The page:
Excellent Practices

Optimisation clinical and logistic quality

Practice Category: Quality

Centre: Vejle Cancer Centre

Anne Skov Villadsen


Challenge which the practice addresses

The patient’s pathway from referral through clinical workup to final treatment used to be long and not well planned or coordinated. Waiting times were too long, and clinical processes were subject to undesirable variation. We wanted to optimize clinical and logistic quality as well as the patient experience.



Results from the National Survey on Patient experience (NSP): According to the results of the NSP, the Oncology Department performs very well on the vast majority of questions. 99 % of outpatients find staff friendly and welcoming, while 96% of patients are satisfied with the treatment. 87 % of the outpatients feel that their MD (Medical Doctor) takes responsibility for their clinical pathway.

The Department of Organ Surgery and Plastic Surgery also achieved great results: 100 % of patients find staff friendly and welcoming, 100 % feel informed about the effects of new drugs. 76 % feel that staff allow relatives to participate in treatment decisions. In our quality culture, every step of a patient’s clinical pathway is and has been analysed and improved.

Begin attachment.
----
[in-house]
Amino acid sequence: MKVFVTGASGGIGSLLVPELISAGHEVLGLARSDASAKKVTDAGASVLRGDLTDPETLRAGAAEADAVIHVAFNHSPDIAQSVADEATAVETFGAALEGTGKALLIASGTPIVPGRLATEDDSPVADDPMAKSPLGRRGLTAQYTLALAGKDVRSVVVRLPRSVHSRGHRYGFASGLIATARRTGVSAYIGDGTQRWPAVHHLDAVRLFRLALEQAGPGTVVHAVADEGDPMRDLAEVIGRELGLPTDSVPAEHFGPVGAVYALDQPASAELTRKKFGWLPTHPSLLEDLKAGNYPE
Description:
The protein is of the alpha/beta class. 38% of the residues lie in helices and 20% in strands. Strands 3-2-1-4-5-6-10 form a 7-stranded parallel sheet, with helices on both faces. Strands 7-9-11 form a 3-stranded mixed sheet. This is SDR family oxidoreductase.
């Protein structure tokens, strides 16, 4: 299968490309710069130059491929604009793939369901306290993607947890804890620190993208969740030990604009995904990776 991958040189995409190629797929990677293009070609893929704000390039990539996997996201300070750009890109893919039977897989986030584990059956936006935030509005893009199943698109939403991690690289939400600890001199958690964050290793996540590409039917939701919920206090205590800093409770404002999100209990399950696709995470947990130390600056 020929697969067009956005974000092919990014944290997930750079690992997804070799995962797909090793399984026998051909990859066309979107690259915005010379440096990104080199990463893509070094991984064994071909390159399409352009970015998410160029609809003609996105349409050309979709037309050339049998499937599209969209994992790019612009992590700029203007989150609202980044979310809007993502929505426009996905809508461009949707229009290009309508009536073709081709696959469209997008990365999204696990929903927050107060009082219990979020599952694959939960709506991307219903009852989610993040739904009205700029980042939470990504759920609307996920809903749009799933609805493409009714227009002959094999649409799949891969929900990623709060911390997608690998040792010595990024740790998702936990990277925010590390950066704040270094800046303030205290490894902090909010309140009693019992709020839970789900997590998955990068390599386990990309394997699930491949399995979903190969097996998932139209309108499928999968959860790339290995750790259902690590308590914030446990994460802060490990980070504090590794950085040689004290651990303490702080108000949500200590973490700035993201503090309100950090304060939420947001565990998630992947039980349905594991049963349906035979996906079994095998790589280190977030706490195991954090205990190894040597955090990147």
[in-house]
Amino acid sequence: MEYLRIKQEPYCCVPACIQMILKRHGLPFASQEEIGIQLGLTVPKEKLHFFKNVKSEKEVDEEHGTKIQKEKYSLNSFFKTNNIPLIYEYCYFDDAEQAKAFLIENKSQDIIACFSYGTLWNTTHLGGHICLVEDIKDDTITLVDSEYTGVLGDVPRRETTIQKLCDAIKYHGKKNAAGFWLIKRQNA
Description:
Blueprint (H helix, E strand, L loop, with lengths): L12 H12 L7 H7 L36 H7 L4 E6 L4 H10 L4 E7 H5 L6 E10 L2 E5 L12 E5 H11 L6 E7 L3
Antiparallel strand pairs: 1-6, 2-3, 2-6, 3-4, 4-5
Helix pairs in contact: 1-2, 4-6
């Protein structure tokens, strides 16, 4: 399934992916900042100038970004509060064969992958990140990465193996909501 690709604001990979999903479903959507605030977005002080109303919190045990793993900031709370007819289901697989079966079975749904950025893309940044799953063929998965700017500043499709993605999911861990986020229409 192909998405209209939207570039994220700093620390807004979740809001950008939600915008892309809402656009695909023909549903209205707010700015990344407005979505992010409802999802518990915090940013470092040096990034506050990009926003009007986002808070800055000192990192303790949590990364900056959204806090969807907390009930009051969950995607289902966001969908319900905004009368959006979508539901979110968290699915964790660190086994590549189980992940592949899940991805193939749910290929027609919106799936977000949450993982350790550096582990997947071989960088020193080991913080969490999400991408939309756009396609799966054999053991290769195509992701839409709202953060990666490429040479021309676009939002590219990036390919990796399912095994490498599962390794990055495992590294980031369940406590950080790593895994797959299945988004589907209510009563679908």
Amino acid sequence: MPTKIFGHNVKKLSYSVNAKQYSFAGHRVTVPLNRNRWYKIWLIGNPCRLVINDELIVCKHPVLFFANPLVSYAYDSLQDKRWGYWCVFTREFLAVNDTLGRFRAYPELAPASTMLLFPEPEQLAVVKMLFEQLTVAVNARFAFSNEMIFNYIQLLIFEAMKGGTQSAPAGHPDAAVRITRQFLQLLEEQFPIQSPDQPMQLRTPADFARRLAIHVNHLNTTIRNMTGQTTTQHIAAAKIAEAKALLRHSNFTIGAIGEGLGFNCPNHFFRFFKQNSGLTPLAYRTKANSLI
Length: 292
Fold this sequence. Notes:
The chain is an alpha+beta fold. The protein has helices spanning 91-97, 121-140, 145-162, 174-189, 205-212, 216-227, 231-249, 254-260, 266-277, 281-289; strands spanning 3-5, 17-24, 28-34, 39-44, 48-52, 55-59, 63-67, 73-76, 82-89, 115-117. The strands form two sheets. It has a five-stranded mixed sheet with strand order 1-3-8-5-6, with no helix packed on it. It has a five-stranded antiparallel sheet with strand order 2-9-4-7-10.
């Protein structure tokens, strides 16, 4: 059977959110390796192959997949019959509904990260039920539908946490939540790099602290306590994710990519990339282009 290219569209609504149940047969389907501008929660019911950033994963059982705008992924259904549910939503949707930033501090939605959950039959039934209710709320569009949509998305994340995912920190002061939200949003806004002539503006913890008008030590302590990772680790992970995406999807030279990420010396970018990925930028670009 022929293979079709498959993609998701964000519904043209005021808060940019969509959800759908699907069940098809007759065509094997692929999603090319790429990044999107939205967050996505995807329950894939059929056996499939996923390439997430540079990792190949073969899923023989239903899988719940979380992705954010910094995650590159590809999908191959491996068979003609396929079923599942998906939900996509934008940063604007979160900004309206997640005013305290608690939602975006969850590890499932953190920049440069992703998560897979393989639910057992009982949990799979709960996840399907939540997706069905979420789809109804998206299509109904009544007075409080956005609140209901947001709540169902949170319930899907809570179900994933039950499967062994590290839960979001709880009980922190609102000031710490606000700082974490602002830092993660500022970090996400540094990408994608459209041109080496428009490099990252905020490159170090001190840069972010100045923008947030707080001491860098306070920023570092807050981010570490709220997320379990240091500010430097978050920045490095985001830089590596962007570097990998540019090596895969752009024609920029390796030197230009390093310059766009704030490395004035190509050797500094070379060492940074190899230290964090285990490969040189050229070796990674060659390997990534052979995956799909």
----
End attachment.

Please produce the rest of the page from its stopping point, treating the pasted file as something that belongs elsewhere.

Among other factors, this applies to systems and procedures, which ensure a fast track, checklists for safe surgery and medication, professional communication, involvement of patients and relatives and a strong palliative and rehabilitation effort.

Critical success factors

  • Involvement of patients and relatives through the Patient and Relatives Council
  • A strong organisational setup with a Programme Steering Committee for the Patients Cancer Hospital.
  • Strategic focus on engaging all staff in recognising potential areas for improvement and the creation of solutions. This focus is part of The Southern Denmark Improvement Model.
  • Respecting the professional knowledge and pride of employees in carrying out tasks. This includes a very high degree of autonomy and rests on a foundation of a trust-based flat hierarchy. This also applies to the trust among colleagues: We trust information given by our colleagues and do not need management to approve every-day decisions.
  • Easy access to high quality data, including Patient Reported Outcomes
  • Educating management in leading improvement processes
  • Understanding that quality improvement must cover both organisational and patient perceived quality as well as clinical quality.

Next steps

  • Quality improvement never ends: Quality indicators and observations from employees, patients and relatives show us where there is still room for improvement and how to improve. In this way, we are constantly tightening and loosening both the bigger and the smaller screws: cooperation, communication, workflow, treatments, technical solutions etc.
  • Programme Plan III: We have set sail on an innovation process which will result in our Programme Plan III for The Patient’s Cancer Hospital in Vejle.